Worm Castings Vs. Compost – Which Is Better?
Joe Skinner Jun 26, '20
Looking to maximize the health of your garden or landscaping? Wondering if you should use compost or worm castings? In this guide from The Soil King, we’ll take a look at worm castings vs. compost, and help you understand more about each one, and which product may be right for your garden.
What Are Worm Castings?
Worm castings are also known as “vermicast” or “vermicompost.” Worm castings are the byproduct of the decomposition process of various worms. In other words, they’re worm poop. When worms eat vegetable matter, they excrete nutrient-rich waste that contains lots of water-soluble nutrients, and has very low levels of contaminants.
Worm castings also have a high concentration of “humus,” a spongy carbon-based substance that helps the material stay hydrated and properly aerated. Because worm castings contain high levels of nutrients and are beneficial for plant hydration and aeration, they’re a great choice for smaller-scale vegetable gardens.
However, worm castings can vary quite a bit in quality, and they are usually more expensive than compost and other soil additives.
What Is Compost?
Compost is organic matter that has decomposed into a concentrated mass of humus. When grass cuttings, flowers, sticks, vegetable peels, and other such material are loaded into a pile, they begin to break down into compost – often assisted by worms, bacteria, fungi, and other organisms that feed on decaying matter.
One of the best things about compost is that you can make it yourself by simply dumping vegetables, plant trimmings, grass, and other organic material into a pile. Depending on how much plant waste you generate, you may be able to get your entire supply of compost for free.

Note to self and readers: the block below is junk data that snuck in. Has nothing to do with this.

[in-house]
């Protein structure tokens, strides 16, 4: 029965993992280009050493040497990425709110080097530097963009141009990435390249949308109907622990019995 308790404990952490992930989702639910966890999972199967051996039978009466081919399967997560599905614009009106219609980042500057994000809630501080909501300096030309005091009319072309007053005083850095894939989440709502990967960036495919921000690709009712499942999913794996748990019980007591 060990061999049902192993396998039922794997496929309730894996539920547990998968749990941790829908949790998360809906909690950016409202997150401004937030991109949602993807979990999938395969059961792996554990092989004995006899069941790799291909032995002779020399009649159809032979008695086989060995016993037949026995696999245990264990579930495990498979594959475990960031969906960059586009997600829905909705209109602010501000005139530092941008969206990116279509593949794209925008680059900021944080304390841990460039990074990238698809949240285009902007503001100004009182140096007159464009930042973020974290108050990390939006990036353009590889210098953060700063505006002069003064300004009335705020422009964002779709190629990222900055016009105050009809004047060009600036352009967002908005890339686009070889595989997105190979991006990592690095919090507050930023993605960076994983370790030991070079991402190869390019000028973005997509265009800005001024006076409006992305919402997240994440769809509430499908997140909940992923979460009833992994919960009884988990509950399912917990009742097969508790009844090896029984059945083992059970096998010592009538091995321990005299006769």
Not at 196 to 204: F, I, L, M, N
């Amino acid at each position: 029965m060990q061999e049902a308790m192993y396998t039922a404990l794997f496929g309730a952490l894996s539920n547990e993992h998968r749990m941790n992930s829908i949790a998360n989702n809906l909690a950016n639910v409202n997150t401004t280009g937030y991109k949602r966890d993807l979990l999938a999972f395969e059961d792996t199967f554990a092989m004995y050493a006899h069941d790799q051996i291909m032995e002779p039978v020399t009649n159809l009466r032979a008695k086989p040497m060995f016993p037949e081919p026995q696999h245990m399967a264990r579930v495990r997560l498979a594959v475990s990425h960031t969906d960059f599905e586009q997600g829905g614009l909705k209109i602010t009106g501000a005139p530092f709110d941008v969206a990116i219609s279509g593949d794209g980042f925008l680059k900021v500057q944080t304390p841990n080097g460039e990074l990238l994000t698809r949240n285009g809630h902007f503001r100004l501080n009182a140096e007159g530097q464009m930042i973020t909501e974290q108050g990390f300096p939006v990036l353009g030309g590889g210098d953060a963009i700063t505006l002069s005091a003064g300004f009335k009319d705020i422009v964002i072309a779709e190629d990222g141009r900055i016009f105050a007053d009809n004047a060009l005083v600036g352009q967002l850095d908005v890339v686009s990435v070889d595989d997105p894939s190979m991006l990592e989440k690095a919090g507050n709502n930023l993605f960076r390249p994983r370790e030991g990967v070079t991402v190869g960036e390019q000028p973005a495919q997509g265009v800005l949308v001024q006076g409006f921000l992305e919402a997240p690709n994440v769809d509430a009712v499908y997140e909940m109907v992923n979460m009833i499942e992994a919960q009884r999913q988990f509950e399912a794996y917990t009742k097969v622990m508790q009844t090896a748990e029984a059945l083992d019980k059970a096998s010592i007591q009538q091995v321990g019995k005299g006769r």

Compost is also made industrially and sold, however, so you can purchase it in bulk to augment the topsoil for your garden, flower beds, and landscaping.
Which Is Better – Compost Or Worm Castings?
Vermicompost has higher levels of nutrients and an improved humus profile, which helps with hydration and aeration. However, it’s usually more expensive to buy in bulk, and vermicomposting on your own is not easy.
Seven ways to use Worm Castings
- Use them when planting new plants – simply put a handful in the planting hole.
- Use them when you are propagating seeds, mix them with coir as a seed raising mix, 2 parts coir to 1 part worm castings
- Use them as a general soil conditioner by digging them in through the soil.
- Use them before you mulch, spread them thinly and then mulch over the top.
- Use it for container grown plants, 25 % worm castings to 75% potting soil
- Use them as a tonic when watering, a handful in a watering can and then use it on the garden.
- Use it as a foliar spray, a handful in a 25 litre (1 gallon ) bucket, add a capful or two of seaweed or fish fertiliser and use it as a foliar spray.
You can also use the leachate, use it when its fresh and dilute it at a 10 parts water to 1 part leachate ratio . Fresh leachate is beneficial, old leachate is not.